East Ham optometrist ‘did not see’ key images of boy’s eyes, court told

Honey Rose

Honey Rose - Credit: Archant

An eye expert accused of gross negligence by failing to spot serious abnormalities in the eyes of an eight-year-old schoolboy who later died told police she had not seen photographic images of his eyes which revealed he had a serious problem, Ipswich Crown Court has heard.

Vincent Barker, known as Vinnie, died on July 13, 2012 (Picture: Suffolk Police/PA Wire)

Vincent Barker, known as Vinnie, died on July 13, 2012 (Picture: Suffolk Police/PA Wire) - Credit: PA

During police interviews, optometrist Honey Rose, who was working as a locum at Boots opticians in Upper Brook Street, Ipswich, said she was not trained to take images with a retinal camera and relied on other staff members to do it for her.

She said she would normally be able to view a patient’s retinal images on a screen in the examination room, but that screen was not working.

She claimed she had raised the issue with staff at the branch, but when she had returned as a locum on another occasion the screen still had not been fixed.

Rose, of Milton Avenue, East Ham, told officers that because she did not know how to use the equipment she relied on other members of staff to display retinal images on another screen for her.

When officers showed Rose retinal images taken of eight-year-old Vincent Barker, of Henley Road, Ipswich, who died five months after she examined his eyes on February 15 2012, she claimed she had never seen the images before.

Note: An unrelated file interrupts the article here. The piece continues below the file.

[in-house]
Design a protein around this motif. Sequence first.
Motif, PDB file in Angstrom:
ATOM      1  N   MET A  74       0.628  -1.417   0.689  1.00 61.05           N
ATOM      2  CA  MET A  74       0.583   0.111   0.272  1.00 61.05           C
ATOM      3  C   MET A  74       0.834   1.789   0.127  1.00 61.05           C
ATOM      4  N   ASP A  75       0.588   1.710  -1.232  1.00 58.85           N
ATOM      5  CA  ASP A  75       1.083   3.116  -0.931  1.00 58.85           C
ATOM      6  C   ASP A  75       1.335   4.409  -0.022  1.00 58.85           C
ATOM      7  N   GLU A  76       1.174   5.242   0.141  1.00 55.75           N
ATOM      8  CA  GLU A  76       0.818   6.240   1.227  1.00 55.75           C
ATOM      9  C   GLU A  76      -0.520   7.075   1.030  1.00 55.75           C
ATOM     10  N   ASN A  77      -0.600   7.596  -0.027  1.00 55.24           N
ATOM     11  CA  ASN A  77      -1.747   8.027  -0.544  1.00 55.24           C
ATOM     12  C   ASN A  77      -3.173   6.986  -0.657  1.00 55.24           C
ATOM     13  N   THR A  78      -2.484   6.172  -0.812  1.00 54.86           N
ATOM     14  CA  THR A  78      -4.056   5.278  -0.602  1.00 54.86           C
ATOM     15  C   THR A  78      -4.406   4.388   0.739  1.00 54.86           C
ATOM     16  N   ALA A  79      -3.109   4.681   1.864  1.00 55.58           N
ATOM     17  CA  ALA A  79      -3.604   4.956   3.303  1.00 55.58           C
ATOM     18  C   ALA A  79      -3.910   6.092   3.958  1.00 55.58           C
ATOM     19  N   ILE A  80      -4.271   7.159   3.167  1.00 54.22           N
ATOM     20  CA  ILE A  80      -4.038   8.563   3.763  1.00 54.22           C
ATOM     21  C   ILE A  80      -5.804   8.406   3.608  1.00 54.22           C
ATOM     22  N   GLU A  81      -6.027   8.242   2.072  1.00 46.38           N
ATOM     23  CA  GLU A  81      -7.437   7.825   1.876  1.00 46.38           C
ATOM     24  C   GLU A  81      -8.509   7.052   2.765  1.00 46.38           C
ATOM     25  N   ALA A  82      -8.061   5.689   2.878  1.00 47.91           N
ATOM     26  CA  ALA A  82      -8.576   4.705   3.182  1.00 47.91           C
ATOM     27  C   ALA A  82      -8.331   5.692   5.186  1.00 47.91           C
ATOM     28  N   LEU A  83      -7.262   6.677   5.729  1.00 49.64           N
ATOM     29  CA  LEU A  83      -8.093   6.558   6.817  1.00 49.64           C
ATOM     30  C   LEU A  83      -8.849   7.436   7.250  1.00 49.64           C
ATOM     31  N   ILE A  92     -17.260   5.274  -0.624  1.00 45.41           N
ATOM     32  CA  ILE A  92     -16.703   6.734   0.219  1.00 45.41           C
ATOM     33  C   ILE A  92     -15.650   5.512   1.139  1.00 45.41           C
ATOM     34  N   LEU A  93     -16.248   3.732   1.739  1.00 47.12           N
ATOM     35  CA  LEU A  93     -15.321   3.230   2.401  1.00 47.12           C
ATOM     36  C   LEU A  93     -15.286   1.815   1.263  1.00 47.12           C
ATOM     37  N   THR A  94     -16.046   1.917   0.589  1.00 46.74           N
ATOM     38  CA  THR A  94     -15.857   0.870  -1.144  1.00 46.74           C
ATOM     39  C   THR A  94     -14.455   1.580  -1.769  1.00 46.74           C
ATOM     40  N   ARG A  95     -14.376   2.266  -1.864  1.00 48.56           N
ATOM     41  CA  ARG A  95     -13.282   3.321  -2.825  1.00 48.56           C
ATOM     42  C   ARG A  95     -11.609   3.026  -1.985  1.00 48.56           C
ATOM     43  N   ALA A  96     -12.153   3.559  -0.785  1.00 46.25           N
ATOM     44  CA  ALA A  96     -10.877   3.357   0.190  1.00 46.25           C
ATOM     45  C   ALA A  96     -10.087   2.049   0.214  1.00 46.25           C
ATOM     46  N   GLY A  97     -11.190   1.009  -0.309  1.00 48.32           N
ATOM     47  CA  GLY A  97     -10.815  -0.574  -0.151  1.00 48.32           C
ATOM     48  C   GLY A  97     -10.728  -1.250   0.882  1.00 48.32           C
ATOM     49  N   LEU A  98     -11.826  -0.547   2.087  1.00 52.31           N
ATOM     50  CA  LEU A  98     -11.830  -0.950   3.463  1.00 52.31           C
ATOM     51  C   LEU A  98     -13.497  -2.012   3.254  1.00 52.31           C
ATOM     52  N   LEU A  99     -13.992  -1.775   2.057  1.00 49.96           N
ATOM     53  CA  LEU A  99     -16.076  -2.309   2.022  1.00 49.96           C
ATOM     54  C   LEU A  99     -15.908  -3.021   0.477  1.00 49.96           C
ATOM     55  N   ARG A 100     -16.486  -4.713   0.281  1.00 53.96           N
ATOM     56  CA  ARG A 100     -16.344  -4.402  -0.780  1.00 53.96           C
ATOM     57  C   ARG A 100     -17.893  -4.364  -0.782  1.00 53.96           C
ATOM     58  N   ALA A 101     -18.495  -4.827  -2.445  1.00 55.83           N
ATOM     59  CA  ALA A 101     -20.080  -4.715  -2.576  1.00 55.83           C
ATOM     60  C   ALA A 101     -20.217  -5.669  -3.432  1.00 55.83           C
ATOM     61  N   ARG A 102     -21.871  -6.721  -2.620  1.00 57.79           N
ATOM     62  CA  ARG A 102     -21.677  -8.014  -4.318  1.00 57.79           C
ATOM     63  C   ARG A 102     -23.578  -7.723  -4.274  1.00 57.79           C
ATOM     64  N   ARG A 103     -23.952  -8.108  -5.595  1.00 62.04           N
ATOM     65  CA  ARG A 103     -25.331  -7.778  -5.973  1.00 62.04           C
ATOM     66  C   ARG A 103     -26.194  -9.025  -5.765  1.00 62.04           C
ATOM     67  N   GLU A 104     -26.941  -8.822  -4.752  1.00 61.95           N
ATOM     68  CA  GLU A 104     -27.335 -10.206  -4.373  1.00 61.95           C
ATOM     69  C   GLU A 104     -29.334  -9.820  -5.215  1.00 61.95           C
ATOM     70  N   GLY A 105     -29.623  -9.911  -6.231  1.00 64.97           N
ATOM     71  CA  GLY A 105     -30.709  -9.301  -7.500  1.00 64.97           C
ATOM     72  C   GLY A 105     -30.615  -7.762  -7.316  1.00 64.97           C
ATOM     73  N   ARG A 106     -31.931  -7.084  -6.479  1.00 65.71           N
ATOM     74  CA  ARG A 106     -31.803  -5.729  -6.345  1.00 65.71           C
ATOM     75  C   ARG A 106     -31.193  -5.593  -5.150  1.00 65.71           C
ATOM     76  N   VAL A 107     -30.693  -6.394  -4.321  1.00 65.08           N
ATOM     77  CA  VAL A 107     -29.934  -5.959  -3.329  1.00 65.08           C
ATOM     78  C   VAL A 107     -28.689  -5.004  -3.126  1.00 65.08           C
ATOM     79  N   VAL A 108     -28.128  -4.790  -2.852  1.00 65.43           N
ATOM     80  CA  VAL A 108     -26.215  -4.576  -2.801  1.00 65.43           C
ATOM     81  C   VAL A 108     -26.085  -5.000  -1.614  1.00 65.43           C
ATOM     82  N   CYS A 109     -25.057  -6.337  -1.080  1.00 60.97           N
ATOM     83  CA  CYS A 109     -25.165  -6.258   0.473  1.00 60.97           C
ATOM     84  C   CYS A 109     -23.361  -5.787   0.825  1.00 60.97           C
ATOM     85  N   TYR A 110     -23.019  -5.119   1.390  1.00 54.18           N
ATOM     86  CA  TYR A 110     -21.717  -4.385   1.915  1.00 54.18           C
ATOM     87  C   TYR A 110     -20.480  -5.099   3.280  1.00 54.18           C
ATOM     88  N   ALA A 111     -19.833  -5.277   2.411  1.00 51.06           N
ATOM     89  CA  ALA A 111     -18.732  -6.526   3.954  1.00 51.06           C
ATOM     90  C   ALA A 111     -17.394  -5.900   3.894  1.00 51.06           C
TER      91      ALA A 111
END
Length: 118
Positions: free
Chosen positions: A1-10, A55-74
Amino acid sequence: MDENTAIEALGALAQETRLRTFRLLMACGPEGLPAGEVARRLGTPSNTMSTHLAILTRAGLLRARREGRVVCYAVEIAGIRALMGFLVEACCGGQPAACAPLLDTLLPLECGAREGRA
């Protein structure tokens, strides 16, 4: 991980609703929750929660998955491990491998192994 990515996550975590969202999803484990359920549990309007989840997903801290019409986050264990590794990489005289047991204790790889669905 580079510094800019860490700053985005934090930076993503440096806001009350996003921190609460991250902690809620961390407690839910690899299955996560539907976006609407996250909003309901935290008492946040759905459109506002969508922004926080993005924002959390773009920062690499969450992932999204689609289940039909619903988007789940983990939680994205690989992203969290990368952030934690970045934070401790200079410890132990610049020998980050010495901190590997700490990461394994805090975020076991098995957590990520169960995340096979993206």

She said if she had seen the images it would have been obvious to her that there were serious abnormalities and she would have immediately made an emergency hospital referral for Vincent, who was known as Vinnie.

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She said images taken the previous year had been normal and it appeared that notes she made on February 15, 2012 could have related to the images taken the previous year.

Asked by police: “Can you think of any reason why you wouldn’t have seen these [the 2012 images] before?” Rose replied: “I don’t know how to operate the system. Someone might have put them on the screen for me.”

She said there were 10 members of staff at the branch and she could not remember who had displayed Vinnie’s images for her on February 15, 2012.

Rose, 35, has denied manslaughter by gross negligence on July 13, 2012.

She allegedly failed to notice “obvious abnormalities” in both Vinnie’s eyes during a routine eye test and he died of hydrocephalus five months later.

Jonathan Rees QC, prosecuting, said: “The prosecution allege that Vinnie’s death was preventable and would have been prevented had the defendant done her job properly.”

He claimed at the time of his examination by Rose on February 15, 2012 there were obvious abnormalities in both Vinnie’s eyes which would have been “obvious to any competent optometrist” who had examined them.

Mr Rees claimed if Vinnie had been urgently referred his medical condition would have been successfully treated.

The trial, which is expected to last at least two weeks, continues.